That last conversation occurred around two months ago (not literally, I’m not insane) and now, at long last, I have seen The Guard. Simply put, it’s great. Brendan Gleeson’s character has to be one of the rudest, but ultimately extremely likeable, people I’ve ever had the pleasure to watch on-screen. He has no  social boundaries and doesn’t even abide by the law that he supposedly upholds (indulging in both narcotics and prostitutes during the film). The film itself is hysterical. It takes all the obscurity from real people and locations around Ireland and rams it into one small area for an hour and half and it works brilliantly. No part of the film dragged for me, it’s fast paced and by the time it’s over, you’re left wanting more. This might have something to do with the way the film ends, although I won’t say anything more about that in case there is someone reading this who has yet to see it.

“In other wordsh, go watch the fucking film, ye fucking daft cunt.”

If I was going to do a proper review of The Guard, I’d have to talk about a whole lot of other things like plot, other actors, (Don Cheadle, for example, who was also pretty great) cinematography, etc., but I’m not and this was never intended to be a review. Plus, it wouldn’t exactly make a whole lot of sense reviewing a film that has already been out for months.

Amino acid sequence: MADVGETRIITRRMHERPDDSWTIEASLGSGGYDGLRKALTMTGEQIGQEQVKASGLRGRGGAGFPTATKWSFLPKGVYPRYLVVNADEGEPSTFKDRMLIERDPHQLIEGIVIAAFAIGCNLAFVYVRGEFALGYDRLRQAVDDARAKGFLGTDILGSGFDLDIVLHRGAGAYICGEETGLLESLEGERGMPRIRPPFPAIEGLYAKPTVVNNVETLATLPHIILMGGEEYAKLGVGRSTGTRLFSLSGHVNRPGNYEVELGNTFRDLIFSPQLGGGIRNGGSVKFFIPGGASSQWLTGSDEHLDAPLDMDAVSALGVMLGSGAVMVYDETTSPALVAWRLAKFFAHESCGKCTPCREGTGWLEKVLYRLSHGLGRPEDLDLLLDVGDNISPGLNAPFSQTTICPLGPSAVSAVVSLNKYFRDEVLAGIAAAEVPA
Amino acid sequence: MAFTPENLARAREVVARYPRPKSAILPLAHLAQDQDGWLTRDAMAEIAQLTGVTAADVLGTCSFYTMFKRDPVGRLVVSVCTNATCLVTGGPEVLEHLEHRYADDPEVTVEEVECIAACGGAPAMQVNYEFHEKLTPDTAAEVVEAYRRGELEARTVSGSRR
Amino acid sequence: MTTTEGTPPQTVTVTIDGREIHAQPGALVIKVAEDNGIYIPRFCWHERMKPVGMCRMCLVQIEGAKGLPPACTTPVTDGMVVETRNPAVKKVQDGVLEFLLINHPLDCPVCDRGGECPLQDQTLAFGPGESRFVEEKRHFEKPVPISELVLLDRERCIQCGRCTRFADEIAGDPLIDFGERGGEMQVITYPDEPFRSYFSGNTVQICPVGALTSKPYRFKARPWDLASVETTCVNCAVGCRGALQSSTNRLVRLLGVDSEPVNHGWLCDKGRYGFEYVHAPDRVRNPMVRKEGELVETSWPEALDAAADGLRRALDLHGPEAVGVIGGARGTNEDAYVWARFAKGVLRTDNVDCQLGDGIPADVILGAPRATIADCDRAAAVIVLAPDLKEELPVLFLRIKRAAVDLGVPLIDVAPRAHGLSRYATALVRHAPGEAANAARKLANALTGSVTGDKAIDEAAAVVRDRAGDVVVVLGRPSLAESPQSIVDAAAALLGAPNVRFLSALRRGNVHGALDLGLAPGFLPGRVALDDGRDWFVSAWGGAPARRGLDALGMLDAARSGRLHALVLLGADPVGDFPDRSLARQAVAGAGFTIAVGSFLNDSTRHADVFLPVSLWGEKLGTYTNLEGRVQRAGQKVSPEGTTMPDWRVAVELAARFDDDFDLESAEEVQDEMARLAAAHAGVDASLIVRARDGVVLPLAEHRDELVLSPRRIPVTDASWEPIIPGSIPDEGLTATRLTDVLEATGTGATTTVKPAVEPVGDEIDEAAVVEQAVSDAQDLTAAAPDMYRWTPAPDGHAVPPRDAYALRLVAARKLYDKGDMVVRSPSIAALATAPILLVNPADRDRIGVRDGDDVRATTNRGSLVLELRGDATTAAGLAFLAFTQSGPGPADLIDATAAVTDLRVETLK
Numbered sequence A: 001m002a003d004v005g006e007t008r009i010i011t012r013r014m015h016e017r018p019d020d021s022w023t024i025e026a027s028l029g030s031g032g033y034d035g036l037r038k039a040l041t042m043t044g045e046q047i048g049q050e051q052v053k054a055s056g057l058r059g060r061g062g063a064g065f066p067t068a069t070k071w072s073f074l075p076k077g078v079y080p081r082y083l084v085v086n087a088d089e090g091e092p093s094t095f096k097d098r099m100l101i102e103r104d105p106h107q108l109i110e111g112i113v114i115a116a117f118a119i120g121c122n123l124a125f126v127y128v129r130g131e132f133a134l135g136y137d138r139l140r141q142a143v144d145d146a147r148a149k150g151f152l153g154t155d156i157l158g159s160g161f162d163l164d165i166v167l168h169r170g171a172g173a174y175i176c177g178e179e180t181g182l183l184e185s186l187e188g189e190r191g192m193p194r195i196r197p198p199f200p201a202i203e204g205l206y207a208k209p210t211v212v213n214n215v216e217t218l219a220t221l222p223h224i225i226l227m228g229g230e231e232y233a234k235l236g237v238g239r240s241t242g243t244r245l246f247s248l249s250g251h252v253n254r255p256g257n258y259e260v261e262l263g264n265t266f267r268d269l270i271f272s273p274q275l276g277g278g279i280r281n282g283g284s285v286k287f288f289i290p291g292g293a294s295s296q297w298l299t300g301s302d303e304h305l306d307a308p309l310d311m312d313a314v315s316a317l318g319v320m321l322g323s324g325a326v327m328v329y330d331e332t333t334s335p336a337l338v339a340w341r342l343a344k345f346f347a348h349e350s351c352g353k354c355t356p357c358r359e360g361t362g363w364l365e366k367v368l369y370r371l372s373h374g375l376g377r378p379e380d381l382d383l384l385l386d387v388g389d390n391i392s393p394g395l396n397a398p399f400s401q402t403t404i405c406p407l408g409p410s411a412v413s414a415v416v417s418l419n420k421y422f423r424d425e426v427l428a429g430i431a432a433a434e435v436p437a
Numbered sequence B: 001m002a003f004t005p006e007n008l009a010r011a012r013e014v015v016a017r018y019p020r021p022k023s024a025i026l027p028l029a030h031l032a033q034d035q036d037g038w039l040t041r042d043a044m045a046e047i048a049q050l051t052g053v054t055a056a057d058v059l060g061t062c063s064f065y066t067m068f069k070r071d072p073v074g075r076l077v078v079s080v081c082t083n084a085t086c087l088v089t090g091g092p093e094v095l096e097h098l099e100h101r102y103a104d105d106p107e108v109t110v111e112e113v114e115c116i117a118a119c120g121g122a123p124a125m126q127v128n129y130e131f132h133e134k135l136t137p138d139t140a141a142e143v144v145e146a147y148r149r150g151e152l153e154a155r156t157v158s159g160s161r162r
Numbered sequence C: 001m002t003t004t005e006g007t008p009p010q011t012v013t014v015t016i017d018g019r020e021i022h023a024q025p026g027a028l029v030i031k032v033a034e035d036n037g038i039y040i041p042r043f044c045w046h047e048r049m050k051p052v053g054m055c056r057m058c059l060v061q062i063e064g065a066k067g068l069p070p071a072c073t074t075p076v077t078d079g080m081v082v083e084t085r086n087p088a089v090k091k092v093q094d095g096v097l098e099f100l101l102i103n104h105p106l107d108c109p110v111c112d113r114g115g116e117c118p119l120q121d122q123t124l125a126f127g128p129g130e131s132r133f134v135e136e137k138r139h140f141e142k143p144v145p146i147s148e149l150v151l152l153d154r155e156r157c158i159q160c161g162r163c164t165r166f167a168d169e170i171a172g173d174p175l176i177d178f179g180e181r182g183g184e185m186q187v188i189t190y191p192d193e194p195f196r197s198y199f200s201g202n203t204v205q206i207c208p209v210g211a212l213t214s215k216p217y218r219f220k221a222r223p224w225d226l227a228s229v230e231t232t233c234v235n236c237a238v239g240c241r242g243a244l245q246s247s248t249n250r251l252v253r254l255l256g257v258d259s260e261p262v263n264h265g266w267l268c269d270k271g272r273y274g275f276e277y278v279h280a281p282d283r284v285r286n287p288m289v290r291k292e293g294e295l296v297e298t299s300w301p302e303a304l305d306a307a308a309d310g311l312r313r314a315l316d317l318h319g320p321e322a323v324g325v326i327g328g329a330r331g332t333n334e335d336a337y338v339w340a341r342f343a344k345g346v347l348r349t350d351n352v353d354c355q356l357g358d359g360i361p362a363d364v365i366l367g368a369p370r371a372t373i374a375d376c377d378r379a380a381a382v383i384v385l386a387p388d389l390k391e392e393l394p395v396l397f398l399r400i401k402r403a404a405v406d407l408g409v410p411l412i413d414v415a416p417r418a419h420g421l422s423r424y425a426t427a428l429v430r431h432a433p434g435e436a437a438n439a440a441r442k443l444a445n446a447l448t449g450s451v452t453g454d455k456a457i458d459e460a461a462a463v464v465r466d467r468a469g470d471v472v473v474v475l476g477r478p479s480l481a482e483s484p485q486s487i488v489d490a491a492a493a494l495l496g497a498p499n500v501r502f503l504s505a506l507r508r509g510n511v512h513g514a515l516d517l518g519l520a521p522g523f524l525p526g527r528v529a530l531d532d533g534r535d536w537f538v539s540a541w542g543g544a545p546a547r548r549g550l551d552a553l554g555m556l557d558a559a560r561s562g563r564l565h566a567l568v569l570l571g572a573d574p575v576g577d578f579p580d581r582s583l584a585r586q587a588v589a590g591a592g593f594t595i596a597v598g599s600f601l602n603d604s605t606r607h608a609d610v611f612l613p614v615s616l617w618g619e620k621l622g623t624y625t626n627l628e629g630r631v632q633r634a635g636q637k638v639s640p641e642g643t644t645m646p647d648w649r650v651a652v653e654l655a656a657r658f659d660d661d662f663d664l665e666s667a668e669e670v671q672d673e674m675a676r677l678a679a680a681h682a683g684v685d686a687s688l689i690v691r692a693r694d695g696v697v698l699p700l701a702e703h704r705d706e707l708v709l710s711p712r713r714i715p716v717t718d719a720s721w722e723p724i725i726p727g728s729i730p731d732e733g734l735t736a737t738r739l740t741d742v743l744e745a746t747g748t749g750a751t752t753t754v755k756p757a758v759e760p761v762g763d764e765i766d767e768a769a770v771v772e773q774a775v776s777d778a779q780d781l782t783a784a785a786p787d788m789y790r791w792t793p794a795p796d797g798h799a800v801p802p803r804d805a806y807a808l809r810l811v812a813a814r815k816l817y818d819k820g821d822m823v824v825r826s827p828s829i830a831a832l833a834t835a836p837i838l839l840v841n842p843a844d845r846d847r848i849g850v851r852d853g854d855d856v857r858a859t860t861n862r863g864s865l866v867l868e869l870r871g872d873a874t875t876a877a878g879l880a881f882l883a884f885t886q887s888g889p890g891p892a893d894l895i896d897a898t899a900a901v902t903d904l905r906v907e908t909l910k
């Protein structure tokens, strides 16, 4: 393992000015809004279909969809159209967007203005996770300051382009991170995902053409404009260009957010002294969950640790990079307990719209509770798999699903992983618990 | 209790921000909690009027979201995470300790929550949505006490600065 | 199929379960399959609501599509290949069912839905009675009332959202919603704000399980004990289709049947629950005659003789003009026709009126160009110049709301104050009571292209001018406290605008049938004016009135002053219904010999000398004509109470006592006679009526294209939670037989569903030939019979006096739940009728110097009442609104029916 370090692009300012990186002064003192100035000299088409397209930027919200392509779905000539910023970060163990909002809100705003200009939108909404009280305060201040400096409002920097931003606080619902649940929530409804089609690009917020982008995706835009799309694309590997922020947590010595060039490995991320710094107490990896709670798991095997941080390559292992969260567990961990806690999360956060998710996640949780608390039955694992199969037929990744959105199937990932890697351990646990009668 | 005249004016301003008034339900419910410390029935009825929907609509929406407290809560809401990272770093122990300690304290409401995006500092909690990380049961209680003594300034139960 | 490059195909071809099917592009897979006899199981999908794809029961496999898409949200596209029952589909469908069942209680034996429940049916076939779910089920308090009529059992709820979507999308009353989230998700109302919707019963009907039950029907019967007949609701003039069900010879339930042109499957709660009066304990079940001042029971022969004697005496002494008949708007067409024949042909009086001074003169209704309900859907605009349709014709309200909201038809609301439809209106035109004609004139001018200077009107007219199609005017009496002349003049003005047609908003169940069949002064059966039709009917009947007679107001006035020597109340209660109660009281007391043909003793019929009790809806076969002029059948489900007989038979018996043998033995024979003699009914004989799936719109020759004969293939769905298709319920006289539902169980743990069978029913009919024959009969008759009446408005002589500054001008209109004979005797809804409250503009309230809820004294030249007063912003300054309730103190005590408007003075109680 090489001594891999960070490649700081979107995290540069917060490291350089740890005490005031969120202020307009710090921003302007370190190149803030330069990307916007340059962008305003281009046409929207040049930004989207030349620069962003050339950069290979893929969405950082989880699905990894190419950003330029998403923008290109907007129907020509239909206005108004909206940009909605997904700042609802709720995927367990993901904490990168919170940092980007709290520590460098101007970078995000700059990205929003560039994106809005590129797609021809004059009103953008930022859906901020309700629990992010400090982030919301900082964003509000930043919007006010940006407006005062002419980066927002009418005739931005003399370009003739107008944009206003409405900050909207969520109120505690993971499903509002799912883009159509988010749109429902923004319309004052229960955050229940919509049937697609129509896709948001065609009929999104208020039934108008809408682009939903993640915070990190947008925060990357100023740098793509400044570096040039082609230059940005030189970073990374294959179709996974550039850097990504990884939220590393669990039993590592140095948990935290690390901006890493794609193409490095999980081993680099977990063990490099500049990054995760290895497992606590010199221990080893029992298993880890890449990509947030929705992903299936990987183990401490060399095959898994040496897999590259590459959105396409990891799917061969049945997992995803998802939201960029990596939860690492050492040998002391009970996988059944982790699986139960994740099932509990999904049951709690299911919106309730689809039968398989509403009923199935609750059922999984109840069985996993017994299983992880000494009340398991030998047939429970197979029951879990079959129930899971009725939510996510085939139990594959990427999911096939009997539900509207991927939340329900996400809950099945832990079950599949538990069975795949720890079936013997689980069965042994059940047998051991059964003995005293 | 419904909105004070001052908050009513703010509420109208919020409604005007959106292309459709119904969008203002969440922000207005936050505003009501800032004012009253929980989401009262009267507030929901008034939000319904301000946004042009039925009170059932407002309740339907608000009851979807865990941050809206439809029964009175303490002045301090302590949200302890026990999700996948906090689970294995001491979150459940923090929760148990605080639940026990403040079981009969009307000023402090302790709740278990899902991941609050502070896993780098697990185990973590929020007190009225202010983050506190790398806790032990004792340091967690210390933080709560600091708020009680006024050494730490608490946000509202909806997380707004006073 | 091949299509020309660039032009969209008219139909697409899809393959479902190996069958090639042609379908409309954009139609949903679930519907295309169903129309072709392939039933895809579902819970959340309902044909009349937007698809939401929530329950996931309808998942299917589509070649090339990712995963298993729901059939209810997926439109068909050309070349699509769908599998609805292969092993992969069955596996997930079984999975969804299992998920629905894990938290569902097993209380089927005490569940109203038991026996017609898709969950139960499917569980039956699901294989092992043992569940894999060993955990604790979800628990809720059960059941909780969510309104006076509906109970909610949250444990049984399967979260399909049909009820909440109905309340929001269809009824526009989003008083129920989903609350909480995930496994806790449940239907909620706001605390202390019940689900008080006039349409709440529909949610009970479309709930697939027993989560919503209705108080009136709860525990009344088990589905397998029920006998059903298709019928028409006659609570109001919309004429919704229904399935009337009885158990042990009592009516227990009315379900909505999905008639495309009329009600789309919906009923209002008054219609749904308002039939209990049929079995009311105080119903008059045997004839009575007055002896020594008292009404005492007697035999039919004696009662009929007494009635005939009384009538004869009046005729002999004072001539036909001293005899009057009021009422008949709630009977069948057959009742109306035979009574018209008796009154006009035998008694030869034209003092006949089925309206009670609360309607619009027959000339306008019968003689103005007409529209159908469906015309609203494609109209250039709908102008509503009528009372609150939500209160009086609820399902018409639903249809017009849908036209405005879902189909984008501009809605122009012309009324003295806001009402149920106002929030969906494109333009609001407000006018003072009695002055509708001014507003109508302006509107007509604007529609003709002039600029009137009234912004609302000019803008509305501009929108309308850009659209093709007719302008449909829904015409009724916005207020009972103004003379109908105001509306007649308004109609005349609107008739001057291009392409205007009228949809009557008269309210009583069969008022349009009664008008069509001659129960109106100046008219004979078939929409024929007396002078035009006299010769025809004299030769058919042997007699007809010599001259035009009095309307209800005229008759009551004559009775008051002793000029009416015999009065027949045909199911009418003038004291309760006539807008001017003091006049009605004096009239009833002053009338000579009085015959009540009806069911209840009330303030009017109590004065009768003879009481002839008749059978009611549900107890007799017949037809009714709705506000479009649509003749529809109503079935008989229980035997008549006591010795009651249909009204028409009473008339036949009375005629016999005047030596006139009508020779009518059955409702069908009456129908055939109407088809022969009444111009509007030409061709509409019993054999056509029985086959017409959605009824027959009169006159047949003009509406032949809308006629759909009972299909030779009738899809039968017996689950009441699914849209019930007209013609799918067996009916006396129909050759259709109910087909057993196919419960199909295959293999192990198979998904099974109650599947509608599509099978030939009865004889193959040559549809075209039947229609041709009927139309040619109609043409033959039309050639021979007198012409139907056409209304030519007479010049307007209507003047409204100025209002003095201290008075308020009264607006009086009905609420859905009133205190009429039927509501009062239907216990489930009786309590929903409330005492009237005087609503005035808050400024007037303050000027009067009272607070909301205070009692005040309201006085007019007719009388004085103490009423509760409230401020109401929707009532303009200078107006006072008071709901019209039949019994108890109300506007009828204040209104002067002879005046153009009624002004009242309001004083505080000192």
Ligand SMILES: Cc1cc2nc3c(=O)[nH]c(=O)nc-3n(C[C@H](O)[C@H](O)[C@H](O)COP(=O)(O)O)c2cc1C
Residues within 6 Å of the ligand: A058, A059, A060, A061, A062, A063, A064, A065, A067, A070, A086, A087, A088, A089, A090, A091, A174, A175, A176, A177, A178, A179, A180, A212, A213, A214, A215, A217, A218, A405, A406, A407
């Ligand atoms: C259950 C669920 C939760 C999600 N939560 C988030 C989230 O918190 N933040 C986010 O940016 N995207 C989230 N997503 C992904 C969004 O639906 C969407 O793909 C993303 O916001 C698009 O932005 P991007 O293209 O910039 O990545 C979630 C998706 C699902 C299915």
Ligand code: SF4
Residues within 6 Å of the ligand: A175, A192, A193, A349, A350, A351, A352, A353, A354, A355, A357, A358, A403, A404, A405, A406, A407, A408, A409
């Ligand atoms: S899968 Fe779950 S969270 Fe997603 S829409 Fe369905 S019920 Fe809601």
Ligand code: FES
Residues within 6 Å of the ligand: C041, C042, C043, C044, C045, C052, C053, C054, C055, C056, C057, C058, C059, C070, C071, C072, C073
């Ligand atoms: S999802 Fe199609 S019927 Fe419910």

The reason that I was so excited about The Guard is because of my favourite film, In Bruges. The writer and director of In Bruges, Martin McDonagh, is the brother of John Michael McDonagh who wrote and directed The Guard. I’m not sure how many times I’ve seen In Bruges now but I think that finding out the number would probably appall me and lead to asking myself questions such as, “Just what the fuck are you doing with your life, you obsessive maniac?” I think the film is nearly perfect in execution. The acting is great, the plot and dialogue are fantastic and I could probably, quite literally, talk about it for hours. Comparing it to The Guard is extremely difficult, however. The films do share a lot of similarities, both have Gleeson in a leading role, they were written and directed by siblings and they both contain a lot of irish themes. Apart from these points, however, the films are very different.